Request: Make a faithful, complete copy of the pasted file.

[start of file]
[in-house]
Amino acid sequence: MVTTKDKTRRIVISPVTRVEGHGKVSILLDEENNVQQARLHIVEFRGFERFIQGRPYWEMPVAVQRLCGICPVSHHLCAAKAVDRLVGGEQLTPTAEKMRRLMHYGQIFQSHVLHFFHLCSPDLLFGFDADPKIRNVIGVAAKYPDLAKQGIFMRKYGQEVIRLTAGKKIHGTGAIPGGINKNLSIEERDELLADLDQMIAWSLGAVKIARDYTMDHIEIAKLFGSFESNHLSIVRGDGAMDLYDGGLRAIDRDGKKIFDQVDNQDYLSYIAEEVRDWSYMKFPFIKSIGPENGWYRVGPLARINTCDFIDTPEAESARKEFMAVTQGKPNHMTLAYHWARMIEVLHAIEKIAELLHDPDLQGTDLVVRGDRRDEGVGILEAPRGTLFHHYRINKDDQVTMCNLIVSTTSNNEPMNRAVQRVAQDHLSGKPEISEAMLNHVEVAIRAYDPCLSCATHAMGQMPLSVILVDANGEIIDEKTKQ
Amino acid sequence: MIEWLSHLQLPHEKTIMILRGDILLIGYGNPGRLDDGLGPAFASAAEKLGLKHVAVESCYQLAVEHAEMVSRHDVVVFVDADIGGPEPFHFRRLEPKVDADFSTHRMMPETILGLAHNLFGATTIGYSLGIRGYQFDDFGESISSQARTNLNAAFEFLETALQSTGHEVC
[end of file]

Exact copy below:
[in-house]
Amino acid sequence: MVTTKDKTRRIVISPVTRVEGHGKVSILLDEENNVQQARLHIVEFRGFERFIQGRPYWEMPVAVQRLCGICPVSHHLCAAKAVDRLVGGEQLTPTAEKMRRLMHYGQIFQSHVLHFFHLCSPDLLFGFDADPKIRNVIGVAAKYPDLAKQGIFMRKYGQEVIRLTAGKKIHGTGAIPGGINKNLSIEERDELLADLDQMIAWSLGAVKIARDYTMDHIEIAKLFGSFESNHLSIVRGDGAMDLYDGGLRAIDRDGKKIFDQVDNQDYLSYIAEEVRDWSYMKFPFIKSIGPENGWYRVGPLARINTCDFIDTPEAESARKEFMAVTQGKPNHMTLAYHWARMIEVLHAIEKIAELLHDPDLQGTDLVVRGDRRDEGVGILEAPRGTLFHHYRINKDDQVTMCNLIVSTTSNNEPMNRAVQRVAQDHLSGKPEISEAMLNHVEVAIRAYDPCLSCATHAMGQMPLSVILVDANGEIIDEKTKQ
Amino acid sequence: MIEWLSHLQLPHEKTIMILRGDILLIGYGNPGRLDDGLGPAFASAAEKLGLKHVAVESCYQLAVEHAEMVSRHDVVVFVDADIGGPEPFHFRRLEPKVDADFSTHRMMPETILGLAHNLFGATTIGYSLGIRGYQFDDFGESISSQARTNLNAAFEFLETALQSTGHEVC